Kenny Dalglish, Forward, it reads. And on the back it continued; Kenny Dalglish: Age 27, Clubs: Celtic and Liverpool. Scotland Caps 35 (or so, I can’t remember the actual number.) I wonder what I’ll be doing when I’m 27? I pondered as an 8 year old. I wonder if I’ll have as many caps for Scotland as Kenny does?  I needn’t have worried. When I was 27 I was working in the best job I might ever have, behind the counter of Our Price, as likely to play for Scotland as I was to get the call from Oasis who were needing a replacement for Bonehead. I did genuinely feel disappointed, that my life was somehow unfulfilled.

Fast forward to a few years ago. Steven Naismith was playing for Everton at the time. An ex-pupil of the school I taught in, he was the local hero; the young guy who’d made it in football, from learning his trade in the local team, to signing for Kilmarnock as a school boy before moving on for a record fee to Rangers (no!) before moving on to Everton. Community-minded, Naismith regularly handed in football tops and memorabilia to the school for auctioning off at school fairs and fetes to help top-up school funds. Cornering him one time about the fact the school football team wore the very same strip he had played in the best part of 20 years previously, Steven organised for a whole new set of strips for the team. But that’s not what I want to focus on here.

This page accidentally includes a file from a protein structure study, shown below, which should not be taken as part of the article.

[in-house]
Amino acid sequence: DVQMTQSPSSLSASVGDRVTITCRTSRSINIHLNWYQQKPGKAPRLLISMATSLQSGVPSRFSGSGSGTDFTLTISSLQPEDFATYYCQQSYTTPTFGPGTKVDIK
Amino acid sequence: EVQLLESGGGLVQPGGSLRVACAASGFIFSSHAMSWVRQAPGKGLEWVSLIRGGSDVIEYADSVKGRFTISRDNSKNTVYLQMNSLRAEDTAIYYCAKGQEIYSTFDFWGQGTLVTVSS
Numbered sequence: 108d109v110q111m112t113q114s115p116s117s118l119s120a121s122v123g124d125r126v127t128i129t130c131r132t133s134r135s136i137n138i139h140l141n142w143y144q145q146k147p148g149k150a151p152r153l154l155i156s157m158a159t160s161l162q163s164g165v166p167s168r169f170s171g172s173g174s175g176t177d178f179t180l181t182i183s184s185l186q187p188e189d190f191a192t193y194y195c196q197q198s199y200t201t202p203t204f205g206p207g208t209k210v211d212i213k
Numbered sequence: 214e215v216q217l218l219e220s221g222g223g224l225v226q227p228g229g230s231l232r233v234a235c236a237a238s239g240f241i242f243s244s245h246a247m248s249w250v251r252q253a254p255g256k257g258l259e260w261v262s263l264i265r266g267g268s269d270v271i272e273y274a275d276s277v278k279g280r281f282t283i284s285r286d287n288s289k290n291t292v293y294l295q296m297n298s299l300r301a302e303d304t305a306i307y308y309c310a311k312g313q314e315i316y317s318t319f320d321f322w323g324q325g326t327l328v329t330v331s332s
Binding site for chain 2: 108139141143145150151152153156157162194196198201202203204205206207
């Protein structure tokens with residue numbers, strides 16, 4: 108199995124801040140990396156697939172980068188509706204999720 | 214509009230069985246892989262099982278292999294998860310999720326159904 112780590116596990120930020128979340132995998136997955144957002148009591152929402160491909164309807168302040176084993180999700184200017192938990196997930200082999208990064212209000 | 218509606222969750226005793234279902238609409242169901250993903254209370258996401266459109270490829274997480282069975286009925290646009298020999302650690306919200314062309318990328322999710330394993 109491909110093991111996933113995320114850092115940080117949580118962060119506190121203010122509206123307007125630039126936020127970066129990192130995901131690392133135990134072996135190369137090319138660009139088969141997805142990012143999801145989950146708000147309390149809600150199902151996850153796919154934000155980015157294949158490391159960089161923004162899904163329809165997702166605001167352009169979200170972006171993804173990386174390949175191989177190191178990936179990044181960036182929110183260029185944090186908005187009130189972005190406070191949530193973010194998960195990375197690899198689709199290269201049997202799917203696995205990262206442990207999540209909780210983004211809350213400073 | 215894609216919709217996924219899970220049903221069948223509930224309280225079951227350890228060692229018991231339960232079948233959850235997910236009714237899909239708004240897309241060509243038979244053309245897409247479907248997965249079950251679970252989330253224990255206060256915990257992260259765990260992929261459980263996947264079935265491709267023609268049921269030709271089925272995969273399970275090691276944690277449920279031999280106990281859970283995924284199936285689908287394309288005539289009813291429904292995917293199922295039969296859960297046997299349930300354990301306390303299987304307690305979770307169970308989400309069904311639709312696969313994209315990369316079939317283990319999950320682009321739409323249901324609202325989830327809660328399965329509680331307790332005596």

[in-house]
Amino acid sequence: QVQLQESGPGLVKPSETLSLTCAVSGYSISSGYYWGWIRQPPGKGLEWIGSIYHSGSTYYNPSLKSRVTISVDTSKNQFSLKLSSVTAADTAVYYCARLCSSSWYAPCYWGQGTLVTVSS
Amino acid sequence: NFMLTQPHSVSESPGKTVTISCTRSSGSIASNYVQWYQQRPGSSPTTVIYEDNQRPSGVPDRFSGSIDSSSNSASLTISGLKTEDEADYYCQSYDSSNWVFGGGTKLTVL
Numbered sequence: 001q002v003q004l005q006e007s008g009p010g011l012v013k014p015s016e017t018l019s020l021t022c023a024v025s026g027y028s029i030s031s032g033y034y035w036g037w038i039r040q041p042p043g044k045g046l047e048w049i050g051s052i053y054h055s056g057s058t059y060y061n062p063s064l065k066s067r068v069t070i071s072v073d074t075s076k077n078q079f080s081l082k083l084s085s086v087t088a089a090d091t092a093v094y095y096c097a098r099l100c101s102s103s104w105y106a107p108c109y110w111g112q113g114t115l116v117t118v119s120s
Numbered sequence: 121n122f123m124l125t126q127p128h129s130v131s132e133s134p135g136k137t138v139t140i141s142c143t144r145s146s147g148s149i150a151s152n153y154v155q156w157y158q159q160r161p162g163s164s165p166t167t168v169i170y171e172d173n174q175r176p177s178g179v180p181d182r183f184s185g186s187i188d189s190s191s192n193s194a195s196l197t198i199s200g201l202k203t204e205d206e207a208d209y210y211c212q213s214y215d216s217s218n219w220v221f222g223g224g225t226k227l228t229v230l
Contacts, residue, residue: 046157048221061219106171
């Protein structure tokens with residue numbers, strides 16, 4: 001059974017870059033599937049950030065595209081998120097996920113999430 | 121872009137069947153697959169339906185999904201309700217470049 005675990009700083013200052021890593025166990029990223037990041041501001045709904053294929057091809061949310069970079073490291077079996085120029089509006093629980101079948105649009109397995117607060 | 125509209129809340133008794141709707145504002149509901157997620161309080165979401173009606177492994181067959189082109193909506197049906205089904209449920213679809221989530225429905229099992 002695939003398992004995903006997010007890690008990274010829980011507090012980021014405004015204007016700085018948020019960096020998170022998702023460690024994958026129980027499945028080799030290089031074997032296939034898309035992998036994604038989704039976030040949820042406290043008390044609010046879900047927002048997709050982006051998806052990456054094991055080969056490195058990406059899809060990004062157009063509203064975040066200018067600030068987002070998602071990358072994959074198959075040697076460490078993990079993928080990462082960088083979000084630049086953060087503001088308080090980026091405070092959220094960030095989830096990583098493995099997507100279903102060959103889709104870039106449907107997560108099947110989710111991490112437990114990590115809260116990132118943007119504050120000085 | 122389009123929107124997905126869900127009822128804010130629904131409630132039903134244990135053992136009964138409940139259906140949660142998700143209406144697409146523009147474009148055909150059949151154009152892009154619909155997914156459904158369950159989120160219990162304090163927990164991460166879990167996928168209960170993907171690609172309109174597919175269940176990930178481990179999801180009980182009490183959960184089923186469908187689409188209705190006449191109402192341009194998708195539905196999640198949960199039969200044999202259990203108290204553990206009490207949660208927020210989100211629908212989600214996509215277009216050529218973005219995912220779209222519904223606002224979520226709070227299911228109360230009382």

One time, he brought in a Scotland top – an actual, match-worn, embroidered badge and grass-stained number 10 shirt. It hung in the office for a week or so, waiting on the Christmas Fayre when it would be raffled off. I was in the office late one night after school, photocopying some stuff, when his Scotland shirt started winking at me. Before I knew what I was doing, I’d popped it over my head – the silky material didn’t half crackle at the unexpected size of my barrel chest and, just as I’d popped through my first arm, the depute head teacher appeared in the room.